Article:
The Cable

Russian Drone Tech May Include Help From Iran

Russia is behind the United States but trying to catch up.

An Iranian Shahed 129 drone displayed during celebrations in Tehran marking the 37th anniversary of the Islamic revolution on February 11, 2016. (Atta Kenare/AFP/Getty Images)
An Iranian Shahed 129 drone displayed during celebrations in Tehran marking the 37th anniversary of the Islamic revolution on February 11, 2016. (Atta Kenare/AFP/Getty Images)

When Russia unveiled its Orion-E drone at the International Aviation and Space Salon MAKS-2017, near Moscow this summer, it bore a “striking resemblance” to an Iranian “Shahed” unmanned aerial vehicle (UAV) already flying.

“Orion and Shahed look very much alike,” said Samuel Bendett, an associate research analyst at the Center for Naval Analyses’ International Affairs Group, speaking Thursday at the Center for Strategic and International Studies (CSIS) in Washington, D.C.

The aviation conference where the Orion drone debuted was designed in part to bring together Russian officials and potential foreign business partners.

Russia has some operational drones already and is developing multiple unmanned systems for land, sky, and sea, but many are at a relatively early stage, Bendett said. The country is focused on improvements in drone intelligence, speed, flight time, and the ability to gather drones in swarms.

Working with foreign countries has been part of Russia’s strategy to catch up to advanced drone programs in the United States and China. Russia has cooperated with Israel, for example, as a strategic play to learn fast, Bendett said.

“Russia saw a distinct advantage in very quickly acquiring a system and learning from its operations, and obviously Israelis knew that that was going to happen,” he said.

The Russians’ acquisition process is still trying to catch up with technology developments, according to Bendett. “They’re going from zero to 100 in six seconds when it comes to UAVs,” he said.

The United States, meanwhile, has had a “near monopoly on unmanned military systems over the past quarter century,” Bendett said.

Russia has made internal changes to foster the development of drones, Bendett said. “Until a few years ago, Russia had no official or coordinated policy on unmanned military systems,” he said. “This has now changed.”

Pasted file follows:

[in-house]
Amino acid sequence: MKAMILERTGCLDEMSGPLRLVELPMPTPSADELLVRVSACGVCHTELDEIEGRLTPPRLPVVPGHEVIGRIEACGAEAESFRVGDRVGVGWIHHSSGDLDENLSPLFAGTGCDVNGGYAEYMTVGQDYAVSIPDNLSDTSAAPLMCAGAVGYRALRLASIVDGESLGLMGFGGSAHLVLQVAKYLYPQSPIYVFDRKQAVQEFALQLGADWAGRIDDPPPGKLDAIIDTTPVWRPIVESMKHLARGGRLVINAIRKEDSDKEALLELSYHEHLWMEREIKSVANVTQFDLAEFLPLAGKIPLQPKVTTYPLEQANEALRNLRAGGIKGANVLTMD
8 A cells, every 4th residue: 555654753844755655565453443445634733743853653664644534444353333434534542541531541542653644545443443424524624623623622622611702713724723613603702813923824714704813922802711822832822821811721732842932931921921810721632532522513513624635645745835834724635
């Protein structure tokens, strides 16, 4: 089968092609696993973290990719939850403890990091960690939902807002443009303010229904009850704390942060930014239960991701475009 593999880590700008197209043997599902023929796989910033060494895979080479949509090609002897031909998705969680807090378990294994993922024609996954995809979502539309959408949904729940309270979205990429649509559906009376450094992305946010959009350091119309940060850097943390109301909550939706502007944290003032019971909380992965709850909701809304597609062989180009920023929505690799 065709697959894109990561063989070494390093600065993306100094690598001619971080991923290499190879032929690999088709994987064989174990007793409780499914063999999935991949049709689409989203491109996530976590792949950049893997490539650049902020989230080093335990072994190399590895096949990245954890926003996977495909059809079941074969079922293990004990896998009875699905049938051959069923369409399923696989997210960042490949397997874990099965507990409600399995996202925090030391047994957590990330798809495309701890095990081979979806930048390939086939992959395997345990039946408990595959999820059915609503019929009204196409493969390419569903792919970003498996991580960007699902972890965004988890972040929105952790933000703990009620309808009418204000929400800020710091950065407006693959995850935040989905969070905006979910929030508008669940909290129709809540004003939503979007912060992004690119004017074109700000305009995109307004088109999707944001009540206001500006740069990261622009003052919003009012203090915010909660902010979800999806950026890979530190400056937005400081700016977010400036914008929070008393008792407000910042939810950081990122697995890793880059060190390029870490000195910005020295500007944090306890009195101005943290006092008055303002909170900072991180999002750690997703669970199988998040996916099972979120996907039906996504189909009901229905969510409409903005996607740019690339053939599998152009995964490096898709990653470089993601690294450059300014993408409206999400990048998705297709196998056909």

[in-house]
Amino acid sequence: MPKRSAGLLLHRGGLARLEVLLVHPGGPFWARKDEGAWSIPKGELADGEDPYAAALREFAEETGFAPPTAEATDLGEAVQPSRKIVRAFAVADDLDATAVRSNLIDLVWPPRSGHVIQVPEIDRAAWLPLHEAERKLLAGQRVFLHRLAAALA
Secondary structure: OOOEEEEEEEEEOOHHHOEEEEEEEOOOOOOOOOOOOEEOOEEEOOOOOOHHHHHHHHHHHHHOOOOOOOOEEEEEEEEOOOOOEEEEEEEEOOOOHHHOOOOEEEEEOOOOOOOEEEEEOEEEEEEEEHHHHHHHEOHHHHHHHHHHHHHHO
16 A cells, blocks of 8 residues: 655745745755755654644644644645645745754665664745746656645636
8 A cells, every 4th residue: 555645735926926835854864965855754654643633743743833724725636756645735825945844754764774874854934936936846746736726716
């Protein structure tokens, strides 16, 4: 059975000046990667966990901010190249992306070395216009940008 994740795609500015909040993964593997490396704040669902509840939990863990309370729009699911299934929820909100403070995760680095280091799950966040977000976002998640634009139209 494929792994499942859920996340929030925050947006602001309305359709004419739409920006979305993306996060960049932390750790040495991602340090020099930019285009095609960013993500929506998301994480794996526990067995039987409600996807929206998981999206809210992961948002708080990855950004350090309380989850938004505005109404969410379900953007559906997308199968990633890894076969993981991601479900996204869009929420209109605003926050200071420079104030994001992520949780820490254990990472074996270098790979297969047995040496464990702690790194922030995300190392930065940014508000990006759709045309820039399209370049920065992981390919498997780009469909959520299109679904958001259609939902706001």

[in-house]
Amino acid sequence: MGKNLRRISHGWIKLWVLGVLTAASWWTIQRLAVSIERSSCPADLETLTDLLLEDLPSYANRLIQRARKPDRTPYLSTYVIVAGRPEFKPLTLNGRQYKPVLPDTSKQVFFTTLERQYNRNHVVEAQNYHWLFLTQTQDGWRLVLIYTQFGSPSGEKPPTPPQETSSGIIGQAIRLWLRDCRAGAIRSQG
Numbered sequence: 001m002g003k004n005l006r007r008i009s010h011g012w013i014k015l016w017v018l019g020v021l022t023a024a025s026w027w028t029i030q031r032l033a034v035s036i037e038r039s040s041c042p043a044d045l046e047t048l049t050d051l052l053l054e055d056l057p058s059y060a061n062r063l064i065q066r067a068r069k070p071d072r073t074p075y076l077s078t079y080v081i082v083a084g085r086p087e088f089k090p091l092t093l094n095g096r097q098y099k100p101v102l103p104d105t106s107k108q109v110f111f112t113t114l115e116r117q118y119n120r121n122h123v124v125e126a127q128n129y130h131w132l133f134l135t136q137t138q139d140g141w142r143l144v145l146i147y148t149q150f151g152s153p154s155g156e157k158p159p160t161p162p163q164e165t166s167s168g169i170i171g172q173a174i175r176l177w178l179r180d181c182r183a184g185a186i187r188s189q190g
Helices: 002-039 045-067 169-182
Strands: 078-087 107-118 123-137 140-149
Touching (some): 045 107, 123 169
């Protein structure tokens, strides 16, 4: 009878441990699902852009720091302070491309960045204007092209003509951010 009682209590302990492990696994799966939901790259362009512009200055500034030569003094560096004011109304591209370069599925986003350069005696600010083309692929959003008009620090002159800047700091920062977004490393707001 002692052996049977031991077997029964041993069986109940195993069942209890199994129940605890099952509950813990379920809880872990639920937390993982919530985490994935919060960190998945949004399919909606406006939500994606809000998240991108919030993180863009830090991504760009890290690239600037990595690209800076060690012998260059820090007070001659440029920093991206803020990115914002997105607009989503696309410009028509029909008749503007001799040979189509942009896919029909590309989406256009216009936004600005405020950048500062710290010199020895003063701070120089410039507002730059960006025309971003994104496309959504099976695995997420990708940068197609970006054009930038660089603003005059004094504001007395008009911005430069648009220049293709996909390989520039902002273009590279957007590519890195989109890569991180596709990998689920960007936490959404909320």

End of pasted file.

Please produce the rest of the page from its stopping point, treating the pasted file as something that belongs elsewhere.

Still, internal hurdles include “skimmed off” money within programs, Olga Oliker, a senior advisor and director of the Russia and Eurasia Program at CSIS, said at the CSIS event.

“The Russian defense industry delivers slowly and over budget just like every other defense industry,” she said. “There’s a lot of room for inefficiency, and the inefficiency happens.”

There is no official confirmation of collaboration between Russia and Iran on the Orion drone, Bendett cautioned, though the two countries cooperate already in the war in Syria.

“Iranians travel to Moscow on a regular basis,” he said, “Perhaps they shared.”

Developing drones based on foreign designs can be faster than developing the technology from scratch, Oliker said.

“If you’re trying to catch up, you can use off-the-shelf stuff, you can emulate, you can reverse-engineer,” she said.

Russia is also making progress in land-based unmanned technology efforts, including a humanoid robot that can hold and shoot guns. That project helps reveal attitude differences between the United States and Russia toward military technology, according to Oliker.

“‘Terminators’ don’t seem like a good idea from here in the United States,” she said.

In the United States “you get a certain amount of terror that the robots are coming,” she said. “In Russia, there’s this notion that this can be controlled.”

Photo credit: Atta Kenare/AFP/Getty Images

John Kester is a Washington, D.C.-based reporter.

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